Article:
When a man finally shows interest in Vanya, she falls for him. She doesn’t care if he’s nefarious. On the outside he presents a nice-guy façade, and he does things to support and help her, including, unbeknownst to her, murder. Vanya won’t take the warnings of Allison because she has been isolated for so long. She hasn’t felt worthy and no one has expressed to her that she is worthy. Her father always told her she was ordinary. Her siblings ignored her to the point that when Allison watches tapes from their childhood, she says she wouldn’t let anyone treat her daughter that way. Vanya wrote a book that further estranged her from the family. She lives alone and pushes people away. So, when she finally decides to open up and take a chance, she falls hook, line and sinker for the manipulations of Leonard.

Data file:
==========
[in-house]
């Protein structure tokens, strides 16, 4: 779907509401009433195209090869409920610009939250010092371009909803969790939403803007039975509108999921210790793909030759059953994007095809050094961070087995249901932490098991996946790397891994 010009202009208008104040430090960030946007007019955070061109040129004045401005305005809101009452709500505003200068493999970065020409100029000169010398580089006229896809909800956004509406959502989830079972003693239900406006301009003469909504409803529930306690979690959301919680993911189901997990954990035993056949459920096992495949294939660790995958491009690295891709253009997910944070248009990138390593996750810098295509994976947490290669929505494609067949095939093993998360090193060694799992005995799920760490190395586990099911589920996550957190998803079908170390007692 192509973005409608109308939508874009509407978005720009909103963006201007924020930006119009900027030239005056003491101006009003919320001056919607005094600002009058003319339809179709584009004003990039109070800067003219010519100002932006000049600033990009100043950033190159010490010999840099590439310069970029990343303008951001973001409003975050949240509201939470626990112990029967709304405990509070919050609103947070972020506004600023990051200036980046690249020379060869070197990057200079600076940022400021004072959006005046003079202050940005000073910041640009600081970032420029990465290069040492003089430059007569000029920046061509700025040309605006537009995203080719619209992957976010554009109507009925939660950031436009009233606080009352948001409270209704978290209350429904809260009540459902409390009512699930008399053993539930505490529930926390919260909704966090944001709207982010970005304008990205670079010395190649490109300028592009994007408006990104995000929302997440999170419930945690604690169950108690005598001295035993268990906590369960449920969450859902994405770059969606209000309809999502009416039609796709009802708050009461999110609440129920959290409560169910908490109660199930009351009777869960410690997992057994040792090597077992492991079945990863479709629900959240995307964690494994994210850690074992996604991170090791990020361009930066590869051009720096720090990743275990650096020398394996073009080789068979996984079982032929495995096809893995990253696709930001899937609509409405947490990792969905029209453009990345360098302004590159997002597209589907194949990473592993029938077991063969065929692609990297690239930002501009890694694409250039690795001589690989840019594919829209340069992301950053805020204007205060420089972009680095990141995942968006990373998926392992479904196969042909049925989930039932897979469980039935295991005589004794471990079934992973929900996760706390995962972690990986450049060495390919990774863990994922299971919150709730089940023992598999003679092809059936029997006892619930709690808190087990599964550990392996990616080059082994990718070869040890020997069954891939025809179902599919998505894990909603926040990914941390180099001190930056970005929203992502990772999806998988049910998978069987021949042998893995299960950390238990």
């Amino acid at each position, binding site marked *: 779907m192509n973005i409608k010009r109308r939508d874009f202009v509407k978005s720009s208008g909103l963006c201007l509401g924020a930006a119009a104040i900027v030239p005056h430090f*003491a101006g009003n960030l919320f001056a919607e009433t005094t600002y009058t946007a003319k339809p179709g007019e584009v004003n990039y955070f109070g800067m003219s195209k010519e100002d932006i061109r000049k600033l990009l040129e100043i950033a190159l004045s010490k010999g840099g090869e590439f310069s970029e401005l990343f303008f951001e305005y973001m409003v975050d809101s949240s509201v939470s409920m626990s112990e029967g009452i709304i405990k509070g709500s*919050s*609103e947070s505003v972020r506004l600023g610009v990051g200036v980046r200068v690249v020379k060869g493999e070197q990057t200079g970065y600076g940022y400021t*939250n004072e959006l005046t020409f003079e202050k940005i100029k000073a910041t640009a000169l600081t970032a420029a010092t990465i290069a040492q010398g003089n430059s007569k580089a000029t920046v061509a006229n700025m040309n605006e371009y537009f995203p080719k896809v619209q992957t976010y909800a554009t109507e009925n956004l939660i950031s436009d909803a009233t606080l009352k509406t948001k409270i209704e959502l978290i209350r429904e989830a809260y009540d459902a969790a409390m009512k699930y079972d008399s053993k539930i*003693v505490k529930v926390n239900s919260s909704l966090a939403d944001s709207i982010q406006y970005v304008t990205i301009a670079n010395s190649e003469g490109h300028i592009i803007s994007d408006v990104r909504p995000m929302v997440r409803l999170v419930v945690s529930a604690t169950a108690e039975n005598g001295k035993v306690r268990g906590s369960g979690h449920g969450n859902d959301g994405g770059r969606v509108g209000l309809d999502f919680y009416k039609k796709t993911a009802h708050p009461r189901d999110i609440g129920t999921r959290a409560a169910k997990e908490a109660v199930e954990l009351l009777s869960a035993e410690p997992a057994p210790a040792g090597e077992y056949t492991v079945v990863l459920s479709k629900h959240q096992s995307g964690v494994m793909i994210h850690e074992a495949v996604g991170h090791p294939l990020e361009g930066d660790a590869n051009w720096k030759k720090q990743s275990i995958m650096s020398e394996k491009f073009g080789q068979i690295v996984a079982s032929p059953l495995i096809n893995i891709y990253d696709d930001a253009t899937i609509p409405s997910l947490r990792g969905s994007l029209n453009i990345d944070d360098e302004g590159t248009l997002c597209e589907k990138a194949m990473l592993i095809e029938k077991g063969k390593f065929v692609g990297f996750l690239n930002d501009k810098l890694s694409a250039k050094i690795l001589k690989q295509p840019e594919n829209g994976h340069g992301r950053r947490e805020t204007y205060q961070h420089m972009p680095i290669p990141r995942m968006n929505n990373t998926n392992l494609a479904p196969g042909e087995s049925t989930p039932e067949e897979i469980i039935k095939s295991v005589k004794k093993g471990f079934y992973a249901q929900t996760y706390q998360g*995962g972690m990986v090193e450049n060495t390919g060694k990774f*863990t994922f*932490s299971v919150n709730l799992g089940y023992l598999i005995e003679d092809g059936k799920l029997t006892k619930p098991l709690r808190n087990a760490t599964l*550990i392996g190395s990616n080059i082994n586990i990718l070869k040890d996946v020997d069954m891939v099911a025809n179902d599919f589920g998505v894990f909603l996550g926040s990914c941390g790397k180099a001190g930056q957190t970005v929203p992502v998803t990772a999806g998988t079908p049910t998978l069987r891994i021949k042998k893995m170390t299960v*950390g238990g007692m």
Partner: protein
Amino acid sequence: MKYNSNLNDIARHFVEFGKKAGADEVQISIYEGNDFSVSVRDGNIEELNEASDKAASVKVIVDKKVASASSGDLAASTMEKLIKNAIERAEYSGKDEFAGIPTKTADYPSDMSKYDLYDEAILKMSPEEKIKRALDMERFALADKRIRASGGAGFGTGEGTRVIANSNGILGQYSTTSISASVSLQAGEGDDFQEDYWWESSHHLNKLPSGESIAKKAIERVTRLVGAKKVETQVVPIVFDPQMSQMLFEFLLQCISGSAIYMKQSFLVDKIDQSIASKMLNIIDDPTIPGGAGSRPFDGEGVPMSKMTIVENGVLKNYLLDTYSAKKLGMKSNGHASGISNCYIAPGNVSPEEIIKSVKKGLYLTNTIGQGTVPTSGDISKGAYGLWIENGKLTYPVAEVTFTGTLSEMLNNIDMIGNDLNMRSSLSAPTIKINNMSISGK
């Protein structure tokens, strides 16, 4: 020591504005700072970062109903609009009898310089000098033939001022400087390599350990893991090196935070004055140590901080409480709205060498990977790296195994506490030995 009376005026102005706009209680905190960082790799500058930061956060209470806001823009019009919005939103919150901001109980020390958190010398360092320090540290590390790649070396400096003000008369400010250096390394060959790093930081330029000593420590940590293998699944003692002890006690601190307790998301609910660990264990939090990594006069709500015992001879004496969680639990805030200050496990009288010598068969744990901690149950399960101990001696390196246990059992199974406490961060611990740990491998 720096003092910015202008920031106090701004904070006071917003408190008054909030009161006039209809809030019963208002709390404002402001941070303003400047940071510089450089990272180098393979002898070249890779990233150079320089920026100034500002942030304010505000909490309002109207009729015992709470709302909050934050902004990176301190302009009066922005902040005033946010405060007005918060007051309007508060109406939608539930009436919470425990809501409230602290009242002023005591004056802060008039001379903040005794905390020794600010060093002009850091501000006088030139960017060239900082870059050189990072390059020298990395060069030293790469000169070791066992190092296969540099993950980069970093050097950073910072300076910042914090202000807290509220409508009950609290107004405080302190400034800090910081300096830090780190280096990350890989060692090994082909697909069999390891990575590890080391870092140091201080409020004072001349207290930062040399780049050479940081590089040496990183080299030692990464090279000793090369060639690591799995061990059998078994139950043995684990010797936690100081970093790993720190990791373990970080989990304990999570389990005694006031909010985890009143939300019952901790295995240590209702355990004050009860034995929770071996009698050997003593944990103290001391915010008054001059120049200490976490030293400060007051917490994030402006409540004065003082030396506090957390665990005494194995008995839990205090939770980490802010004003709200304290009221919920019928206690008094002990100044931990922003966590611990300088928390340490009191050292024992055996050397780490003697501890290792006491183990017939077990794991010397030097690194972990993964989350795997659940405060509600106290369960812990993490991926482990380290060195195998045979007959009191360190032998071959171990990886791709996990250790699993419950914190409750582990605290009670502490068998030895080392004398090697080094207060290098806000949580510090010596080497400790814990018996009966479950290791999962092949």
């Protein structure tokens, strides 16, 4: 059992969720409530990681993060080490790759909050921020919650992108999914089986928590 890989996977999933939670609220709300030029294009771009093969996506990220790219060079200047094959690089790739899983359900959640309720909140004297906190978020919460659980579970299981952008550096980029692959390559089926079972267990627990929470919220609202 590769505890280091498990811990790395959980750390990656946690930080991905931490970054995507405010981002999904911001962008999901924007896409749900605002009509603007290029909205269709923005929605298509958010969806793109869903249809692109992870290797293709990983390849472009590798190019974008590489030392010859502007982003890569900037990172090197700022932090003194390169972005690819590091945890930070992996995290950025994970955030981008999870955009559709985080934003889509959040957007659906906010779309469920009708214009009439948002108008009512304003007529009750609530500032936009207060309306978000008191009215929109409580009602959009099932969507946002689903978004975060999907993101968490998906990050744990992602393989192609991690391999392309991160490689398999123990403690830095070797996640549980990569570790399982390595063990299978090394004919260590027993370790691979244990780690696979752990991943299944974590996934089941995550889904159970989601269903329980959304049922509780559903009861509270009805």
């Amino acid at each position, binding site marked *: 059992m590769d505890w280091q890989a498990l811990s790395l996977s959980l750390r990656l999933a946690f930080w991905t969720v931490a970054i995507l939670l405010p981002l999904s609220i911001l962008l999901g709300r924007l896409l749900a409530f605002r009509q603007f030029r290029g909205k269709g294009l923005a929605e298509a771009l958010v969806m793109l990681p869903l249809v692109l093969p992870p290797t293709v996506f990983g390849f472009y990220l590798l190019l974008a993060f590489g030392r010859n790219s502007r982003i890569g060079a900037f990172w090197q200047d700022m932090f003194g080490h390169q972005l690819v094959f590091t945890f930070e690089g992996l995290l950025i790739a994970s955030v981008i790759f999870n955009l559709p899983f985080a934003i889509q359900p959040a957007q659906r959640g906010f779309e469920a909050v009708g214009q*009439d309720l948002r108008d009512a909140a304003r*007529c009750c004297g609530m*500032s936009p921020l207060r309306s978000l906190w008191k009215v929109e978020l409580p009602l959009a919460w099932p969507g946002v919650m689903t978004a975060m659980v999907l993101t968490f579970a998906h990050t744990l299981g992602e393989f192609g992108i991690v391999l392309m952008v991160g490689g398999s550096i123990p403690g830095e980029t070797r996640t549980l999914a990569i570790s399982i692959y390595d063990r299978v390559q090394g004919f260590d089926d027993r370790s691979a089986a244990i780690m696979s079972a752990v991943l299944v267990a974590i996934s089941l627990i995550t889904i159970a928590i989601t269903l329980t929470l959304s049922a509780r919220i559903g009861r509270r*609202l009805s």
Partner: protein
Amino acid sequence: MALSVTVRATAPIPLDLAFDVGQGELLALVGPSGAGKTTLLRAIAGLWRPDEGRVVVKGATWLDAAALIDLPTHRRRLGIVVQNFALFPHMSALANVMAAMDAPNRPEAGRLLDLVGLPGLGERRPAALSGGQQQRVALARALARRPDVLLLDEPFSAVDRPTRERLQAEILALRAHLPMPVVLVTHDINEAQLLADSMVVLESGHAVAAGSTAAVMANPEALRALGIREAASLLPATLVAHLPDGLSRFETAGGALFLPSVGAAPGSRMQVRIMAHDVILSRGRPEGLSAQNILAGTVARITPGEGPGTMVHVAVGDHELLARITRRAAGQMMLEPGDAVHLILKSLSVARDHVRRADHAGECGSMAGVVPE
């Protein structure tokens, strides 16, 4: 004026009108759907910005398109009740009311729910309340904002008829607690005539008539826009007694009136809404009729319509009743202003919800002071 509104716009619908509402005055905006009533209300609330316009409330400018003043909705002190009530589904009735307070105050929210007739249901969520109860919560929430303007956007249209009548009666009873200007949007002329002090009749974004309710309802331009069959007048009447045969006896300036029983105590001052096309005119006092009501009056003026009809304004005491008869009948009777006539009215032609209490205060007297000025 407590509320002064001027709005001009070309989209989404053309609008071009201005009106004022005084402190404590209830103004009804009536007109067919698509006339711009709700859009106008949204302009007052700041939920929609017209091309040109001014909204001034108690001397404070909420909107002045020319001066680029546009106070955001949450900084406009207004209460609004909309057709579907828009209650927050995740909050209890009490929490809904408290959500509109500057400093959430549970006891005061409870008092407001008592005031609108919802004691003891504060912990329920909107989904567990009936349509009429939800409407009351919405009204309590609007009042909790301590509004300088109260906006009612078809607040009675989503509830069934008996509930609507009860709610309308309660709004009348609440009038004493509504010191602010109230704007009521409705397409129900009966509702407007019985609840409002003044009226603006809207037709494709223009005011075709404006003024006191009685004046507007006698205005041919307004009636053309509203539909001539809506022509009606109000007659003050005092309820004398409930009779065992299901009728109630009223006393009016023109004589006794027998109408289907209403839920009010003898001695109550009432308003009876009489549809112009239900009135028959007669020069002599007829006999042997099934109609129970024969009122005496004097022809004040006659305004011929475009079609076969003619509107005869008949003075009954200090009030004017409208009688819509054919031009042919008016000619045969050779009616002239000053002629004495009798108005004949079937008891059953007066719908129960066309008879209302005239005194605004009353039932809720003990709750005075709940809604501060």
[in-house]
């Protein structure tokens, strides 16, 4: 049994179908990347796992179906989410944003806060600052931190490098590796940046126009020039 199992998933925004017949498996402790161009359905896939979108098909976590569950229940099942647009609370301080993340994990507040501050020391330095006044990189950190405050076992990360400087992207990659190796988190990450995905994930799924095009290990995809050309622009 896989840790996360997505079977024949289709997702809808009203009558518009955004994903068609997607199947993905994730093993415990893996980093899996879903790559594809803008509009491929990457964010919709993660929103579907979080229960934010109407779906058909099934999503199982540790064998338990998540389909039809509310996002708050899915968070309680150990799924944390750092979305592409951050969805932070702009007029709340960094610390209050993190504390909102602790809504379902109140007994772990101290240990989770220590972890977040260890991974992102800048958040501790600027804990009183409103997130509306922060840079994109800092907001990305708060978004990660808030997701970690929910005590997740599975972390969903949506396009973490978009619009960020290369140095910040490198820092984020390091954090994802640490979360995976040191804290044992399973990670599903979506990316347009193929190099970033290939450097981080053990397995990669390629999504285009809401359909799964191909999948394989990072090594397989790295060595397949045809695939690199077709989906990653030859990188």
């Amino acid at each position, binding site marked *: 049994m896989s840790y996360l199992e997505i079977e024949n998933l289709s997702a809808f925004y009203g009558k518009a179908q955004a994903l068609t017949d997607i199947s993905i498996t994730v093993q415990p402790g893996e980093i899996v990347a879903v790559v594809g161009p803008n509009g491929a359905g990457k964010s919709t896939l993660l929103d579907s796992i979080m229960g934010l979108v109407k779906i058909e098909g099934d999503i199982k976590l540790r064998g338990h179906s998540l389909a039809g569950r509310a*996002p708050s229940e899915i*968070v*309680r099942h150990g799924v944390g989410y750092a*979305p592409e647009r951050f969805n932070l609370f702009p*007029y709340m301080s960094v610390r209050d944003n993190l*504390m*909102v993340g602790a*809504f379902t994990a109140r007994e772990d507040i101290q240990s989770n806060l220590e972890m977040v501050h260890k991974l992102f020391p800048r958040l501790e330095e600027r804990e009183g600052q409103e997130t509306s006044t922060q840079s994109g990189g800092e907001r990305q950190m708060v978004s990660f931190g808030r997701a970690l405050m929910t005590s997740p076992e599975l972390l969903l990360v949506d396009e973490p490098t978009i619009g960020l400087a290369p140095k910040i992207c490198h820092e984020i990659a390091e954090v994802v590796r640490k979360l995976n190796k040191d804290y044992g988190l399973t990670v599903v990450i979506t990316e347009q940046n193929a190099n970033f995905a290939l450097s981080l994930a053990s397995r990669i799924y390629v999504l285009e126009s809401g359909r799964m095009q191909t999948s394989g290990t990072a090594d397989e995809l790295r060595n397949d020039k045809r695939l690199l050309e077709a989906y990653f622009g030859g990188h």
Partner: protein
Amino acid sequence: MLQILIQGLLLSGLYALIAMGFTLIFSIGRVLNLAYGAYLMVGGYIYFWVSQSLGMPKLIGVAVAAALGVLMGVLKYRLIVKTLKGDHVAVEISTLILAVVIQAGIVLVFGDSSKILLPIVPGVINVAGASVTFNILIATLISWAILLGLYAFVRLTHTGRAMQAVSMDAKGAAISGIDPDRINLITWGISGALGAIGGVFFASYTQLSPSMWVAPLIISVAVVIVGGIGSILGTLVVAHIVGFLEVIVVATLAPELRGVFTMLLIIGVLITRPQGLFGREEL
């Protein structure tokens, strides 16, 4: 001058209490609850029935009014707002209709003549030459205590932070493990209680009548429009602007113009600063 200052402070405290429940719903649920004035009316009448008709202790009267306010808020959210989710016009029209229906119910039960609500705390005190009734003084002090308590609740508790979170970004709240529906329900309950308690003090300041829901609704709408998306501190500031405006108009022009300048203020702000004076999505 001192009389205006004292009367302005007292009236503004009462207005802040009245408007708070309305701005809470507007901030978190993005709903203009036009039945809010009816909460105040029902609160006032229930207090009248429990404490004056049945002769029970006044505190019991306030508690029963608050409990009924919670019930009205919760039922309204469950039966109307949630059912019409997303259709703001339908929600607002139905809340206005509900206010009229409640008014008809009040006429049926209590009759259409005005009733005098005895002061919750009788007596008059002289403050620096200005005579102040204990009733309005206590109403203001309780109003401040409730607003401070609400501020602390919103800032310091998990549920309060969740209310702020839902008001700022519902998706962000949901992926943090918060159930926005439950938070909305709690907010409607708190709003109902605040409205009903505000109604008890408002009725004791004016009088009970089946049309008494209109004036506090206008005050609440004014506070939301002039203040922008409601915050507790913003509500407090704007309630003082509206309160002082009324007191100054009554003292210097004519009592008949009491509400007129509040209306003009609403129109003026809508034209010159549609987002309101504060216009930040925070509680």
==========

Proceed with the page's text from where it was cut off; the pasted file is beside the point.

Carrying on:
Vanya gives Leonard her love, literally and her power, figuratively. Leonard, a creep, stalker and killer, dumps her pills and unleashes Vanya’s creative power. Not all creative power is good. Some people use their creativity to destroy. The atomic bomb, hypersonic ICBMs, new forms of torture… the list of terrible creativity is long and horrific. Vanya’s power isn’t just to build but to destroy, and when she finds out about Leonard’s manipulations, it could be apocalyptic. Allison still provides hope that someone can reach her.